I agree. He puts the case well:
The Problem With Christine Lagarde : Lagarde is explicitly being put forward as someone who can represent the interests of the eurozone.... The founding assumption for the eurozone in 1999, which became a myth during the early 2000s, is that eurozone countries would converge in terms of productivity levels.... In that view of Europe, it did not much matter if some countries within the eurozone ran current account surpluses while others ran large deficits. The deficit countries could finance themselves with loans from the surplus countries, the reasoning went, because they would use the money for productive investments and economic growth would allow them to keep their debt levels relative to GDP under control.
None of this happened. The productivity gains were seen more in Germany and some other North European countries; unit labor costs, reflecting the net effect of productivity gains and real wage increases, rose sharply in Mediterranean Europe. And French, German and other “core” banks facilitated this divergence with a surge in lending to both consumers and governments in the periphery – convincing themselves, shareholders, and regulators that this was low risk.
Most of this is not Ms. Lagarde’s fault, of course.... But the bigger issue that more recently she and the French authorities in general have been at the forefront of efforts to deny there is any deep problem and to resist a systematic solution. France worked long and hard to prevent increases in bank capital during the recently concluded Basel III negotiations.... Low bank capital creates serious systemic financial risk for Europe and the world.
Relatedly, Ms. Lagarde has led the “no restructuring” school of thought in recent months with regard to Greece – and presumably other eurozone countries also. Debt restructuring is no kind of panacea. But to take the option completely off the table is also not smart – unless you really think there is no deeper issue that must be addressed.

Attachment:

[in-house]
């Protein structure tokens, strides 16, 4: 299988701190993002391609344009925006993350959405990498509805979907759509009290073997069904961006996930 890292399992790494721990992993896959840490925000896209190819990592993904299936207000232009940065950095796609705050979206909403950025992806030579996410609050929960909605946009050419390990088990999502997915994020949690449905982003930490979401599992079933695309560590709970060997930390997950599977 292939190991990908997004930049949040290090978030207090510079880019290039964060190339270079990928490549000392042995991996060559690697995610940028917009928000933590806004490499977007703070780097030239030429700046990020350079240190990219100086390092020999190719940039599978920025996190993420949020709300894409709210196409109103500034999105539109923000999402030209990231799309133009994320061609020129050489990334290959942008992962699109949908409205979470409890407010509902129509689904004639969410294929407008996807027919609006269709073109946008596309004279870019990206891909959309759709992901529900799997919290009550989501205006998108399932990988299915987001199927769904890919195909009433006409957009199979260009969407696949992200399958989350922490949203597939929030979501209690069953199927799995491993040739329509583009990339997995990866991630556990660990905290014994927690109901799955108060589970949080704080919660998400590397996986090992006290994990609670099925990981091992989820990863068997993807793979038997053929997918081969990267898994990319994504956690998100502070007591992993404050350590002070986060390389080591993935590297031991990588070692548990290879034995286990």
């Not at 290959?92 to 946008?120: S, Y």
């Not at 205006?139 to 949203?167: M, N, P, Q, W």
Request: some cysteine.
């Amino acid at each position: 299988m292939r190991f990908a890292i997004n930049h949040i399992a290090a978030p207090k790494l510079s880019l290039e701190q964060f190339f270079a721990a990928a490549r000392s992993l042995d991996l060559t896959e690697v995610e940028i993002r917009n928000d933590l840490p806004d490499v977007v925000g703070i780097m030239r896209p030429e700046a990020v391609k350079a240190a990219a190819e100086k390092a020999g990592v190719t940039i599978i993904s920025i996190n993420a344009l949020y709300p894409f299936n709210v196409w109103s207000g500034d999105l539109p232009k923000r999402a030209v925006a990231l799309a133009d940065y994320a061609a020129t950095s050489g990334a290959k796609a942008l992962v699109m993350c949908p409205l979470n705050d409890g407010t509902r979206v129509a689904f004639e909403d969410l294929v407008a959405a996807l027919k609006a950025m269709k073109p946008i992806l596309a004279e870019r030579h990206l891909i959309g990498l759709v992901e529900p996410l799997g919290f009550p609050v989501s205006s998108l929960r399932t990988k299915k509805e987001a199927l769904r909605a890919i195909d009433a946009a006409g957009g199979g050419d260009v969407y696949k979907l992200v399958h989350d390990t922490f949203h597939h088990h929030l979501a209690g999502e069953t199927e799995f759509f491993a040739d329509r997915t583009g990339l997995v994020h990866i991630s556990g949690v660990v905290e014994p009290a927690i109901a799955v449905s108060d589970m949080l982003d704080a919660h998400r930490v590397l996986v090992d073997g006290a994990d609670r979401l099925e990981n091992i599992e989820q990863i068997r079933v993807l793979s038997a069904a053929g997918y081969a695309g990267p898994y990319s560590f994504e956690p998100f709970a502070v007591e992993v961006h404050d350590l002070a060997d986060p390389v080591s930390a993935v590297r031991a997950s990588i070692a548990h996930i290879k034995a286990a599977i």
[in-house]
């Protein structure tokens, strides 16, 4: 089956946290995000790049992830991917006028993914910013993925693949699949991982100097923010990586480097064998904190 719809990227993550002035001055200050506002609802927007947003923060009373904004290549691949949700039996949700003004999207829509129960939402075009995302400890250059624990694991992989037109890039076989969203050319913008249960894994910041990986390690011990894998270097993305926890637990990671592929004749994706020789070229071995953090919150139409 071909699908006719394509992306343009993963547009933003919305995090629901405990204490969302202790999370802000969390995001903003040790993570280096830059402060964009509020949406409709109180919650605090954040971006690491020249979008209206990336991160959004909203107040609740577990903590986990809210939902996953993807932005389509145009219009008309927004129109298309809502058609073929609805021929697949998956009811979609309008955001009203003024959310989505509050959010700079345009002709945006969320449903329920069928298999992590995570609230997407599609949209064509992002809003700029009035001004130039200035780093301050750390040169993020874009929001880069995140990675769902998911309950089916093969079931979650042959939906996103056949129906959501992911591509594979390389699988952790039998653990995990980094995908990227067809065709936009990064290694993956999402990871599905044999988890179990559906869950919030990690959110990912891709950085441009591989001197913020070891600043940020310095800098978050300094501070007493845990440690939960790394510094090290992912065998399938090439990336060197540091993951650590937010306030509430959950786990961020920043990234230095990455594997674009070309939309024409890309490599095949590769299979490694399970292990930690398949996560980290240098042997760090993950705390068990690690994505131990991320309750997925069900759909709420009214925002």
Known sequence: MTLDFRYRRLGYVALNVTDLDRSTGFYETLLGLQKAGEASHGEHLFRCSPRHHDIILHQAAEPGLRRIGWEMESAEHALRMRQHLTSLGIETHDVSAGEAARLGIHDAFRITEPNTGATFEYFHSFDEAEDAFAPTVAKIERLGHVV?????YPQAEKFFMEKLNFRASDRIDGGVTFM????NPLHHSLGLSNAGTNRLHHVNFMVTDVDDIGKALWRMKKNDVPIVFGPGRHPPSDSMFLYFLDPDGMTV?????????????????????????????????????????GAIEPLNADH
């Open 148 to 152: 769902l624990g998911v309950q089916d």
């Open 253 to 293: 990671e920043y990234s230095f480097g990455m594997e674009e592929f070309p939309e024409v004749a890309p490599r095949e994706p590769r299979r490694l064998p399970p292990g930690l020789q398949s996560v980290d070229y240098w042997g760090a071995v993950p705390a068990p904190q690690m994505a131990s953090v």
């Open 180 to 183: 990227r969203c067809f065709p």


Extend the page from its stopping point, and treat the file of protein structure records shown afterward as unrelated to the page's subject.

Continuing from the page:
The eurozone in its first iteration has failed.... [T]he eurozone leadership needs to make a choice. Do they integrate more, including with generous fiscal transfers to poorer, less dynamic member countries, where people do not like to pay taxes; or do they ease some countries out of the integrated financial system, creating two tiers of participation in the euro currency area – in which some eurozone countries cannot borrow from the European Central Bank? Either way, the International Monetary Fund can potentially help with loans and with technical advice. But such money belongs to the international community – there are 187 member countries after all. And it would need to be a lot of money. If Ms. Lagarde becomes head of the IMF, she will most likely continue to throw loans at the eurozone problems – if there are even preventive programs for Spain, Italy, or Belgium, the IMF will need to tap its shareholders for at least another $1 trillion in credit lines.
Ms. Lagarde personifies the strategy of gambling for eurozone resurrection with other people’s money. Why would taxpayers in US and elsewhere want to support her on this basis?